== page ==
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On the Stairs: Between Old and New Media

The Importance of Context

Trevor Batten (Amsterdam, November 1998)


Last October (1997) I presented work at the experimental film and video festival in Split. This was the first time I had seen my work presented outside the ghetto of "Computer" or "Electronic" Art.

Obviously, every general statement has its exceptions which confuse and deny the (too) simple basic premiss. Nevertheless: In Split I felt myself confronted by the differences between Film and Video. Broadly speaking, one could say Film seemed more content (story) orientated while Video seemed more media (sensory) orientated. Clearly there were  also perceptual differences based on image resolution and construction - but I shall ignore these (to simplify my text, not to deny their importance).

Film is much older than video, so it is understandable that it has a more highly developed (and rigid) grammatical structure. Video is technically a more spontaneous medium and so more open to playful experiment. Because computer and video are both electronic systems it is fairly simple to convert from one to the other -breaking down the media barriers which has previously made life so simple.


At present (November 1998) the 12th Stuttgart Filmwinter is in the future, so I must imagine the context in which my work will appear.

This surely demonstrates how unreliable theorists are - if they are capable (and culpable) of constructing theories based on events which they imagine could happen in the future!

Nevertheless: From information received, I read "Wand 5 e.V., a non-profit organisation promoting independent film and media culture, invites artists to present their work on Super 8, 16mm, 35mm, video, CD-rom, and via internet/www"

So, a simple but clear list of (media) categories -none of which appear to be suitable for my work.

A bit further on I read:

"12th Stuttgart Filmwinter:

Short Fiction, Experimental, Documentary, Animation, Video Art,
CD-rom, Internet, Installations, Exhibitions, Expanded Cinema"

This time a mixture of categories;  technical (Video Art, CD-rom, Internet), content (Short Fiction, Documentary), spatial (Installations, Exhibitions), procedural (animation) and open (Experimental, Expanded Cinema).

Luckily I can now sneak in via the "installation" category.

I am not complaining: I am grateful for being invited but it is sometimes difficult for artists to find "slots" into which their work can be dropped -and I can imagine it can be equally difficult for festivals to design their "fishing nets" to catch the right things too. The obvious interaction between "demand" and "supply" does not make life easier.

What I am trying to do is to demonstrate how important "media" categories are -and how little they are really understood.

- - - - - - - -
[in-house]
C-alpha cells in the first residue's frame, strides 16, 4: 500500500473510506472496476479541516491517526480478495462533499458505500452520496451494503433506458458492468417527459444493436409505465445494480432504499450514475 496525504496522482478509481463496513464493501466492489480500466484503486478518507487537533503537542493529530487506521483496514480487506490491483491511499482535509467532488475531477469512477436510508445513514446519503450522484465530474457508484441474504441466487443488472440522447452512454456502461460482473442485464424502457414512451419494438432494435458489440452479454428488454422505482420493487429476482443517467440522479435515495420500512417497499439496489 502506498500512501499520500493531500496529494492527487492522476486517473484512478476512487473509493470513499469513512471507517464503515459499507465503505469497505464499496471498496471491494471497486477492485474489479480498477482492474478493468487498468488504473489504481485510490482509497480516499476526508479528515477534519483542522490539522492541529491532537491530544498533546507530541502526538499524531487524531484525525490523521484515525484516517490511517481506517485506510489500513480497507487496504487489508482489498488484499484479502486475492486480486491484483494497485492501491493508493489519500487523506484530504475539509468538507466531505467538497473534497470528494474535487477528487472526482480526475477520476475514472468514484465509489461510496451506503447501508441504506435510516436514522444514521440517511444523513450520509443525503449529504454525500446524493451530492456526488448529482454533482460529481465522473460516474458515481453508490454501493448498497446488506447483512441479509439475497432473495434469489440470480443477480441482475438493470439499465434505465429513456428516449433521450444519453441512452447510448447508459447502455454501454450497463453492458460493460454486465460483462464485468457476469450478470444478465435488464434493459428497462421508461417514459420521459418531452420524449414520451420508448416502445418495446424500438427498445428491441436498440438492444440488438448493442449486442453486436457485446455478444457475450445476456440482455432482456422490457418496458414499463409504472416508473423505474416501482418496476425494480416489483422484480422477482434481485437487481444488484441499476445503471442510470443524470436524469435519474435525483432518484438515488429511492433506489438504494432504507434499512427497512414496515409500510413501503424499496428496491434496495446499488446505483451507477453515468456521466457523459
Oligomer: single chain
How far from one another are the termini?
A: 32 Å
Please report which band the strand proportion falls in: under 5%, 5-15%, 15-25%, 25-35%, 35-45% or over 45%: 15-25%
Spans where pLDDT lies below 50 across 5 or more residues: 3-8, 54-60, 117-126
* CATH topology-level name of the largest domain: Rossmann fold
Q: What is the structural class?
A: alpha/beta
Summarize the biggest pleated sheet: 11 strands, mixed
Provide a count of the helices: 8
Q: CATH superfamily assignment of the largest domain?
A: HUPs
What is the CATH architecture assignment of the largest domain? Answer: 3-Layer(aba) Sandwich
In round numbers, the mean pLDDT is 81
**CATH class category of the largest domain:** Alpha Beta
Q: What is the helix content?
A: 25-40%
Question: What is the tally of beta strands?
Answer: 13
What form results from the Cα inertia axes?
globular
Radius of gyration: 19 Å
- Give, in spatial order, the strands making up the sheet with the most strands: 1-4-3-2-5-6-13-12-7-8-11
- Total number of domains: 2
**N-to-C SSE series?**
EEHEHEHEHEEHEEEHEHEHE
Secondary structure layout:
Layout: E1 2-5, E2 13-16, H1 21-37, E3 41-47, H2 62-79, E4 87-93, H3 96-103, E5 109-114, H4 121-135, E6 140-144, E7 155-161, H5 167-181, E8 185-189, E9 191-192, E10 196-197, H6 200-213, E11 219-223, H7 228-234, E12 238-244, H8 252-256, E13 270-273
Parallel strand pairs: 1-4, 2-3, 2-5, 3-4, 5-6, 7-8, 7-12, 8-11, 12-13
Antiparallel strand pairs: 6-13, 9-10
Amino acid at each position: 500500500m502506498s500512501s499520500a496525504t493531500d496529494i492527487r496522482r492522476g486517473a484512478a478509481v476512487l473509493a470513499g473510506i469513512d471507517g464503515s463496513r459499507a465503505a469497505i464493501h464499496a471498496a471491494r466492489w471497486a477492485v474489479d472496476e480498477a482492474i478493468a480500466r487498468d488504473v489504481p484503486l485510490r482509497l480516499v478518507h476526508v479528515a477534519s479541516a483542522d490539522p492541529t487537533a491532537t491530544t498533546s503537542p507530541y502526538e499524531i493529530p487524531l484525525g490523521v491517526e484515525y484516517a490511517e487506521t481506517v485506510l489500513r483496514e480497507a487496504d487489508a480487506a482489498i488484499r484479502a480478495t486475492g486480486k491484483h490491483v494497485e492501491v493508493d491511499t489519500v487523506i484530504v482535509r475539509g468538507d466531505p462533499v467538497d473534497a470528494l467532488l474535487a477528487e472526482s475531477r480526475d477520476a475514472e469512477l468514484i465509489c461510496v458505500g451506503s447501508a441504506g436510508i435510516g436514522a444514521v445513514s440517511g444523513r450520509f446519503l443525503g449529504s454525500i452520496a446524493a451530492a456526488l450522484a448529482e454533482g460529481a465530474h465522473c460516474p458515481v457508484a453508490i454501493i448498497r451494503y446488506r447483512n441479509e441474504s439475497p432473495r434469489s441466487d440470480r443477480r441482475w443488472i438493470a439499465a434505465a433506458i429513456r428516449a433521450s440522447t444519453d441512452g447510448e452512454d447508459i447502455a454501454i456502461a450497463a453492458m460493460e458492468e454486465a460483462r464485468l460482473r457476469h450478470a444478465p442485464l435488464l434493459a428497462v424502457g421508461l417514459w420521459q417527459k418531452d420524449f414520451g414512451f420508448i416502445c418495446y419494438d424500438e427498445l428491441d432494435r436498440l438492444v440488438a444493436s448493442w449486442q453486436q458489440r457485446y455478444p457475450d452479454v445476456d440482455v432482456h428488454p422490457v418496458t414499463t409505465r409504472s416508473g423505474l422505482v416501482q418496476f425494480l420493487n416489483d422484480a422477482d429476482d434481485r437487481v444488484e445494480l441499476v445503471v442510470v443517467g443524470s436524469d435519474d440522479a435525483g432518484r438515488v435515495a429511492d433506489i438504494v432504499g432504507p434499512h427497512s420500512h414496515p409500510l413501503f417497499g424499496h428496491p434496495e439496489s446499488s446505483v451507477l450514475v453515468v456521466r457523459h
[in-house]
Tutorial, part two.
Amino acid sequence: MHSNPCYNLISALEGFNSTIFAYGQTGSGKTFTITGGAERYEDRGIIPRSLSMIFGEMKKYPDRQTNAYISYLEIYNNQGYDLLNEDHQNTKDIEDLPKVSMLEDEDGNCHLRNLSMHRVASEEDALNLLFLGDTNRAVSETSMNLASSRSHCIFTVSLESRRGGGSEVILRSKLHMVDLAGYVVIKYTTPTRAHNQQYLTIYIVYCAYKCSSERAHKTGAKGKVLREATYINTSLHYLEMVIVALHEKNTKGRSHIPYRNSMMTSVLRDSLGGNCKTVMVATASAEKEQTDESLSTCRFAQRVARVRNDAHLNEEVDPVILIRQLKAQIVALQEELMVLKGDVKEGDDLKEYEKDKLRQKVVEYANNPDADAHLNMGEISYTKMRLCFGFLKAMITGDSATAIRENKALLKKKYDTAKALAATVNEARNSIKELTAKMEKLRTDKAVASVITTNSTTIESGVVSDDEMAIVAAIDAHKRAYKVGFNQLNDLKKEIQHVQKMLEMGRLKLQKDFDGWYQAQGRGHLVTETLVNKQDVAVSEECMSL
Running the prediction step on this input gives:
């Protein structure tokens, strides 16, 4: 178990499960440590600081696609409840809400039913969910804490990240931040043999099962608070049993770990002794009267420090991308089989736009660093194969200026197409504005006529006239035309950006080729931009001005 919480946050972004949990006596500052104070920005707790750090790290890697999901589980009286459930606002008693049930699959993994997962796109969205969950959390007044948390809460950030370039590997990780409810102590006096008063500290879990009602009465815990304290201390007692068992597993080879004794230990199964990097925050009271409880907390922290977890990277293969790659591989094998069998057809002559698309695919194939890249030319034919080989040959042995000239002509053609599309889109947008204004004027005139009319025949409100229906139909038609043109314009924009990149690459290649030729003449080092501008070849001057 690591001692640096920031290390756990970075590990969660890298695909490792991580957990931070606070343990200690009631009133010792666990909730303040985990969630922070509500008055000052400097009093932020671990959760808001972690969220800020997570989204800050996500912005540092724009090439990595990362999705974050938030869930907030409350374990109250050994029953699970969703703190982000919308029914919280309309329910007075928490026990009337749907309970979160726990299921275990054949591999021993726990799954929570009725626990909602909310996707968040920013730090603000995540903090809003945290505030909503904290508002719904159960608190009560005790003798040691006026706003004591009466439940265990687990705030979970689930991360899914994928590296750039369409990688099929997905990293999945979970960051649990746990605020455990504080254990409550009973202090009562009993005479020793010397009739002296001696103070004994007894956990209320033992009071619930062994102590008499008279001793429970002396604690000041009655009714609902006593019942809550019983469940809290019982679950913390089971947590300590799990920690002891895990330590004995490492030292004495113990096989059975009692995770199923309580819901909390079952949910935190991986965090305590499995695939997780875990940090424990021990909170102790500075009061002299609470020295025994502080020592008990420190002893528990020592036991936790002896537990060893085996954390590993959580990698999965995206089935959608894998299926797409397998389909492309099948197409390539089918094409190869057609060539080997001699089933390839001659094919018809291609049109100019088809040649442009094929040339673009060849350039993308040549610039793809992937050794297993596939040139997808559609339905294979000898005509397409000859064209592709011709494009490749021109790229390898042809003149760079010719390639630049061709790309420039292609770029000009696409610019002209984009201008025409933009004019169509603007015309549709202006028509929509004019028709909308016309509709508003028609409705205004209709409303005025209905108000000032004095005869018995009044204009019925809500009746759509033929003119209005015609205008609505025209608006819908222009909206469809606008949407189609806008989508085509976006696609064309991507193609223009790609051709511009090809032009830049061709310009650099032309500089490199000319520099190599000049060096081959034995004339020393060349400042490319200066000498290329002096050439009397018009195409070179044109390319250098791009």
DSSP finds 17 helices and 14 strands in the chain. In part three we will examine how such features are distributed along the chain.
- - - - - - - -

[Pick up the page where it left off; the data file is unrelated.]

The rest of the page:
The Media Spectrum

Although the computer (as a technical/scientific instrument) is (counted in nano-seconds) much older than video, for some strange reason, the historical positions are reversed in an art historical context.

Once again this demonstrates the value of hair-splitting categorization: because what I should have said was: "In a time-based visual art historical tradition the time scale is reversed".

In the 1960's I started using a computer to make static drawings based on "random" procedures in a strange mixture of Dada (chance) and Constructivist (rational) traditions. The electronic music composers were already much further (because of their tradition of a (semi-)universal meta-language - a tradition which has been abandoned within the (non-time-based) visual arts) - and a few (neo-militaristic) freaks were already experimenting with "electronic control systems" in art.

However, it was only in the 1980's and 1990's that the commercial potential of computer generated and manipulated imagery became clear and the explosive exploitation of the medium really started.

So, within a history of the moving image we move naturally from Film to Video to Computer.


The Nature of the Beast

We can then see that within this (Moving Image) context, "THE COMPUTER" really means "Internet and CD-rom" which easily translates into "Interactive Multi-media".

"Interactive" probably represents the most obvious difference with traditional media. This is a bit tricky because it introduces the question of choice into a previously linear medium. It is also conceptually a bit of a joke -because until recently "interaction" was generally considered to be a characteristic of "Organic" (Natural, Living) systems as opposed to "Mechanical" (Artificial, Dead) systems although the computer now manifests itself as an "Organic Machine".